Fox, however, began steering him back to blood-and-thunder fare, and Power finished the forties with Captain from Castile, an epic adventure about Hernando Cortez’s invasion of Mexico; and his travels to China in The Black Rose with co-star Orson Welles; then on the opposing side of Cesare Borgia (Welles) in Prince of Foxes. He longed for more dramatic roles and said, “I’m sick of all these knights in shining armor parts, I want to do something worthwhile like plays and films that have something to say,” but Fox couldn’t resist enlisting Power in sure-fire comedy roles such as That Wonderful Urge (1948) with Tierney and, later that year, the immensely popular The Luck of the Irish with Anne Baxter.
With the onset of the ’50s, Power starred in the psychological oater Rawhide, where he and Susan Hayward are held captive by outlaws; as a WWII Navy ensign stranded in the Pacific jungle in American Guerrilla in the Philippines; and in the love-story fantasy, I’ll Never Forget You (1951). In 1952, he found himself deep inside the world of espionage in Diplomatic Courier, followed by the action adventure Pony Soldier. In 1953, he tried to uphold honest card playing as The Mississippi Gambler; and, also in ’53, he fought a corrupt local rulers in colonial India in King of the Khyber Rifles.
At this time in his career, Power began devoting more of his energies to the London stage, including his 23-week run at the London Coliseum as Mister Roberts, which he did with Fox’s blessing until his commitment to the studio was up. With the 1955 release of Untamed, again with Hayward, he was finally a full freelancer, and the next few years saw much satisfying work, including Columbia Pictures’ biographical epic The Long Gray Line, John Ford’s tribute to West Point.
His contribution as the quintessential society band leader in The Eddy Duchin Story made the movie a huge crowd-pleaser. In Hemingway’s The Sun Also Rises, Tyrone was much older than the character he was playing, which may have been why he started to show signs of wear. He was convincing in the role of a surviving crew member of a sinking ship who must decide who lives and who dies in Abandon Ship! And although he was not Oscar-nominated for his performance in Billy Wilder’s superb Witness for the Prosecution, many critics felt he should have been bestowed with that honor. Oddly enough, Ty didn’t want to take the role of Marlene Dietrich’s husband, telling Wilder he was not satisfied with his career in general and didn’t think he would ever make another movie. The director halted production because he wanted a big star like Power and, without him, Wilder didn’t see any point in continuing at that time. After the film’s producers enticed Power to come back, the project continued.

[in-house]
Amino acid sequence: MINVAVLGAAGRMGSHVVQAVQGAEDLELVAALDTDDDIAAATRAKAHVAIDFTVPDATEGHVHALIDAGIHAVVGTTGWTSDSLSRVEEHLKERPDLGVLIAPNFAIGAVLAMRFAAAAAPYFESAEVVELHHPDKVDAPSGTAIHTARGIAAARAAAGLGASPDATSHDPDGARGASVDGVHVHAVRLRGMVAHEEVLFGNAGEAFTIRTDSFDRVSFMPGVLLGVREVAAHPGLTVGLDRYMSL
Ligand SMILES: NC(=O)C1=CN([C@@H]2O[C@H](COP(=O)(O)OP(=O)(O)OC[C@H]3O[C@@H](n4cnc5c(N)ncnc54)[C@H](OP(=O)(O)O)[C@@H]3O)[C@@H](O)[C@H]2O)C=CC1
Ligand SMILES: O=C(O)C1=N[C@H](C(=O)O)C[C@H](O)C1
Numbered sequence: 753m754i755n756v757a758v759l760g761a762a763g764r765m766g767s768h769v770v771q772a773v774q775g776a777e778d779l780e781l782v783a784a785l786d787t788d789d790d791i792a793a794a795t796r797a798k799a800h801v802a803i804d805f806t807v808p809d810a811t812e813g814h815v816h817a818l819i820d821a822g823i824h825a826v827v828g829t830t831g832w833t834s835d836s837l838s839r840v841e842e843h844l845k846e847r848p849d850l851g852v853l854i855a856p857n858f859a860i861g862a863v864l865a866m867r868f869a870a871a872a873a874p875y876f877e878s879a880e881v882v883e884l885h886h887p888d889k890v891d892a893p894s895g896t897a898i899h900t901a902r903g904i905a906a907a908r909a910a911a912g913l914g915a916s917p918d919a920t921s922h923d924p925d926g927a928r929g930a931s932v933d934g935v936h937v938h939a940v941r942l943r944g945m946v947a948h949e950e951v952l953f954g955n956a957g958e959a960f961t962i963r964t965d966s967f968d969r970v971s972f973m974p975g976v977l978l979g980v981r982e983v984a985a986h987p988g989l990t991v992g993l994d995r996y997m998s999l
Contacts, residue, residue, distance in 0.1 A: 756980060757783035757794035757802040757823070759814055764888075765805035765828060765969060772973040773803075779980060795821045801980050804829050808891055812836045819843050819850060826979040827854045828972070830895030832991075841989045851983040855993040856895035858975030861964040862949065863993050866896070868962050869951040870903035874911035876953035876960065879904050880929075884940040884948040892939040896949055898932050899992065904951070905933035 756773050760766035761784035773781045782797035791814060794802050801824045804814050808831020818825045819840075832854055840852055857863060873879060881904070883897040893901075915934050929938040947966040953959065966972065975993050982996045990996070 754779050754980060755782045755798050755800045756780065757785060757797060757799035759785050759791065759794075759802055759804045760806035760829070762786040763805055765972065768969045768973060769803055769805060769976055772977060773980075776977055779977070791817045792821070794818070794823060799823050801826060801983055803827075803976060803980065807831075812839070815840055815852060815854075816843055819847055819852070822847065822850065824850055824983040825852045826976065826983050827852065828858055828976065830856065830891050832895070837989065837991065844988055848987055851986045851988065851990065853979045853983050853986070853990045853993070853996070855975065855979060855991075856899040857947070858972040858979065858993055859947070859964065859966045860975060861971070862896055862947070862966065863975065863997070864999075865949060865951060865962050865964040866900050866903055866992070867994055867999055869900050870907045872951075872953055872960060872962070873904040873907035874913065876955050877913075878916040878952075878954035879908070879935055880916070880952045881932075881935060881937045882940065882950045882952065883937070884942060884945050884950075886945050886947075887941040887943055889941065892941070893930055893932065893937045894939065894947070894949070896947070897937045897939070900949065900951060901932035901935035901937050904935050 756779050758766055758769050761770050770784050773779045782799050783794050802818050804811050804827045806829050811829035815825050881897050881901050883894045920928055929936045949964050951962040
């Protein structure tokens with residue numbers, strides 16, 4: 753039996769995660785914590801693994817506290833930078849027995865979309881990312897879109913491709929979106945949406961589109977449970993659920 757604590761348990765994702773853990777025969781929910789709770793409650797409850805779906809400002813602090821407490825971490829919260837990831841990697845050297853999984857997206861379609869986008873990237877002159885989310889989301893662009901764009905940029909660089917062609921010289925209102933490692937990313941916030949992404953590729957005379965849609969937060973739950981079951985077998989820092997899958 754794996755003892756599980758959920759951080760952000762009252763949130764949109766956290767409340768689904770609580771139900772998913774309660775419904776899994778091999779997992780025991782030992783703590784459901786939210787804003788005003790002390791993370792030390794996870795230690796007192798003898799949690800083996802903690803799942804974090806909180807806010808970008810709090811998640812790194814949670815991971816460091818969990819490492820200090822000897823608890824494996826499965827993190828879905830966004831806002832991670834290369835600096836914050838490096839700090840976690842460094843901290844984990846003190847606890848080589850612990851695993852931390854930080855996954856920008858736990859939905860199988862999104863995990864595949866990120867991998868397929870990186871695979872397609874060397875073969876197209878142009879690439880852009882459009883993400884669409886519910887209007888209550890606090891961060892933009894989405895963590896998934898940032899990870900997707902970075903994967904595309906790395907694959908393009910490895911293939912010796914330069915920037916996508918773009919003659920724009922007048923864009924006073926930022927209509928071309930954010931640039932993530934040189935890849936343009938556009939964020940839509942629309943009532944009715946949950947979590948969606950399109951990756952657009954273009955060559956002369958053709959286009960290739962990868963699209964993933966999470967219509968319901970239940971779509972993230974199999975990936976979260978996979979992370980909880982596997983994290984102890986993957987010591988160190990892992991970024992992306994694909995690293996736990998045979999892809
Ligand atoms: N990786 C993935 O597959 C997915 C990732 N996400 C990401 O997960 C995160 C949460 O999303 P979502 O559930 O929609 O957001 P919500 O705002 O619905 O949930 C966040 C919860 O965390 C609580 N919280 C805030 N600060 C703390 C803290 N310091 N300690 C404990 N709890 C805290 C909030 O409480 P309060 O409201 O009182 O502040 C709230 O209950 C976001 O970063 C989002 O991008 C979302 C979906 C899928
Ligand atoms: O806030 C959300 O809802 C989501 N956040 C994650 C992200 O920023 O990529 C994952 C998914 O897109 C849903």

His run would have one of the saddest ends in industry history. Power’s last work was for a televised public service announcement telling audiences how to spot warning signs of a heart attack. It was filmed on the set of his latest movie, and he encouraged viewers to be checked out by a physician. However, in a twist of fate, overexertion during the filming of a swordfight scene with George Sanders for 1959’s Solomon and Sheba resulted in Power sustaining a fatal heart attack at age 44. Yul Brynner was cast for the retakes on the largely in-the-can project, and Power can be seen in the completed film’s long shots.
Power was buried at Hollywood Forever Cemetery (then known as Hollywood Memorial Park Cemetery) in Southern California. Those who visit the actor’s grave will find his monument, carved in the form of a marble bench, engraved with the words, “Good night, sweet prince.”
And now enjoy Tyrone Power in the theatrical trailer for 1955’s The Long Gray Line: